Republican Study Committee Chairman Rep. Jim Jordan (R-OH), Rep. Tim Scott (R-SC), and RSC Budget and Spending Task Force Chairman Rep. Scott Garrett (R-NJ) have introduced the Welfare Reform Act of 2011. This legislation will help food stamp recipients become independent of government assistance, give taxpayers a clearer picture of national welfare spending, and return the federal welfare budget to pre-recession levels after unemployment falls to 6.5%. Currently, there are 77 means-tested federal programs that provide benefits specifically to poor and low-income Americans.
"Welfare's chief function should be to help people reach the point where they no longer need it," said Chairman Jim Jordan. "Decades of experience prove we can't just throw money at the problem of poverty. We need a smarter approach that promotes self-reliance and acknowledges the interconnected nature of all our anti-poverty programs. At the end of the day, the most effective welfare benefit is the one that leads to a job."
"I am proud to be a principal co-sponsor of the Welfare Reform Act and will work with my colleagues to see this measure advance through the House," said Rep. Tim Scott. "We have seen welfare spending continue to rise dramatically, even as the number of Americans living at or below the poverty level increases. We should seek to break the cycle of poverty and offer a path to self-reliance, and with it, self-respect."
"The Welfare Reform Act takes the necessary step of reforming an antiquated system tainted with inefficiencies and consumed by costly government spending," said Rep. Scott Garrett. "I'm proud to stand with my colleagues in supporting this important bill that streamlines our country's welfare system and promotes self-reliance as the solution to poverty in America."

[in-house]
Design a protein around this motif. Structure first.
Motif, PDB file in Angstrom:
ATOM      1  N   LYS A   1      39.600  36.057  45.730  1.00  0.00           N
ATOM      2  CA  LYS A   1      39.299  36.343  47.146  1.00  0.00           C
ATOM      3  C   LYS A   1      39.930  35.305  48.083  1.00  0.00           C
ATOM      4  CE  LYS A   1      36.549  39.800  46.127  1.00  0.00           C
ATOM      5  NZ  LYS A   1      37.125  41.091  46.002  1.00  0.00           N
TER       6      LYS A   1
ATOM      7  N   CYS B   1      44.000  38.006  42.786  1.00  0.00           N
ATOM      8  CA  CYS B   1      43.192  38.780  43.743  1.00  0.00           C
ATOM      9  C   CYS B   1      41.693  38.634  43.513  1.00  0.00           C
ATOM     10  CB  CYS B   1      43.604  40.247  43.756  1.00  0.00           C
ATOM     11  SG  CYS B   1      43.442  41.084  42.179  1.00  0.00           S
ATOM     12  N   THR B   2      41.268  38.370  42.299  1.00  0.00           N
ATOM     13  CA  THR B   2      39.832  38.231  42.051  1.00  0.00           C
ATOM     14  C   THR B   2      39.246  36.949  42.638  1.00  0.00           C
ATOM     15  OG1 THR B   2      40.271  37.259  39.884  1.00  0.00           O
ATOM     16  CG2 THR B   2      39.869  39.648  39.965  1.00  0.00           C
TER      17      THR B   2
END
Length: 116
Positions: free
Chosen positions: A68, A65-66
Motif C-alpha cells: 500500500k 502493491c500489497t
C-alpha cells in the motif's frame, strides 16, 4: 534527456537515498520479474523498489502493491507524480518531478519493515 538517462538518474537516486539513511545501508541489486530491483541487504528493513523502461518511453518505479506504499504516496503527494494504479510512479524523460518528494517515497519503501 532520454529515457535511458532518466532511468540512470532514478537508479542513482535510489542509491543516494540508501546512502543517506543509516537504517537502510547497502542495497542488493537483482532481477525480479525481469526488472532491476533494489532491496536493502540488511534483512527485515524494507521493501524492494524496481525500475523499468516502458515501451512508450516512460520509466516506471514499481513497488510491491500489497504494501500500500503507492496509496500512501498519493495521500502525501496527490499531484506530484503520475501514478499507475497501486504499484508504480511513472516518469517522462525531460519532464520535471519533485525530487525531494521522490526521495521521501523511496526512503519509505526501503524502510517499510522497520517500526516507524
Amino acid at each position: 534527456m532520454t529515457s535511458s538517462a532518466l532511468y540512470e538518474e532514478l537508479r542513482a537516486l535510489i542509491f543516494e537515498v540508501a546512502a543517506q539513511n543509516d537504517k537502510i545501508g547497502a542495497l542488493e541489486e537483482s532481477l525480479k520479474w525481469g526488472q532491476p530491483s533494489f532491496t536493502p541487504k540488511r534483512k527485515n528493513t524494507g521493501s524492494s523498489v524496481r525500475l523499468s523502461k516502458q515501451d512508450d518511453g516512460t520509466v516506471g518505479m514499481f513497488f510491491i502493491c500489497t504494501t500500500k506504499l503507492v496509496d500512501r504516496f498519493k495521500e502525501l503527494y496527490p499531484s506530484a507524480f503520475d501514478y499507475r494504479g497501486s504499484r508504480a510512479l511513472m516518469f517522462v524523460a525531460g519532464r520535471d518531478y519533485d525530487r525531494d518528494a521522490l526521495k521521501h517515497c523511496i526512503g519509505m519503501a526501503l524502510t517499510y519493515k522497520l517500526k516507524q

Since President Johnson declared a War on Poverty in 1964, Americans have spent $16 trillion on welfare at the state and federal level. Congressional Republicans and President Clinton enacted reforms in 1996 that required beneficiaries of a new program (TANF) to either work or prepare for a job. Millions of families have since moved off the TANF rolls and begun to provide for themselves. Despite the success of these reforms, national welfare spending has almost doubled since 1996 and could total more than $10 trillion over the next decade. Even with all these resources devoted to assistance for the poor, poverty is higher today than it was in the 1970s.
Key Points on the Welfare Reform Act of 2011:
* Building on the Success of 1996 -- TANF-like reforms will help food stamp recipients become self-reliant by requiring able-bodied adult beneficiaries to work or prepare for a job.
* Disclosure of National Welfare Spending -- To provide taxpayers a clearer picture of the money they spend on means-tested welfare at all levels of government, each year the President's budget will report figures for total federal, state, and local welfare spending over the ensuing decade.
* Return to Pre-Recession Budget -- In the first budget written after unemployment falls to 6.5% or lower, overall federal spending on means-tested welfare will return to its 2007-level and be allowed to grow with inflation.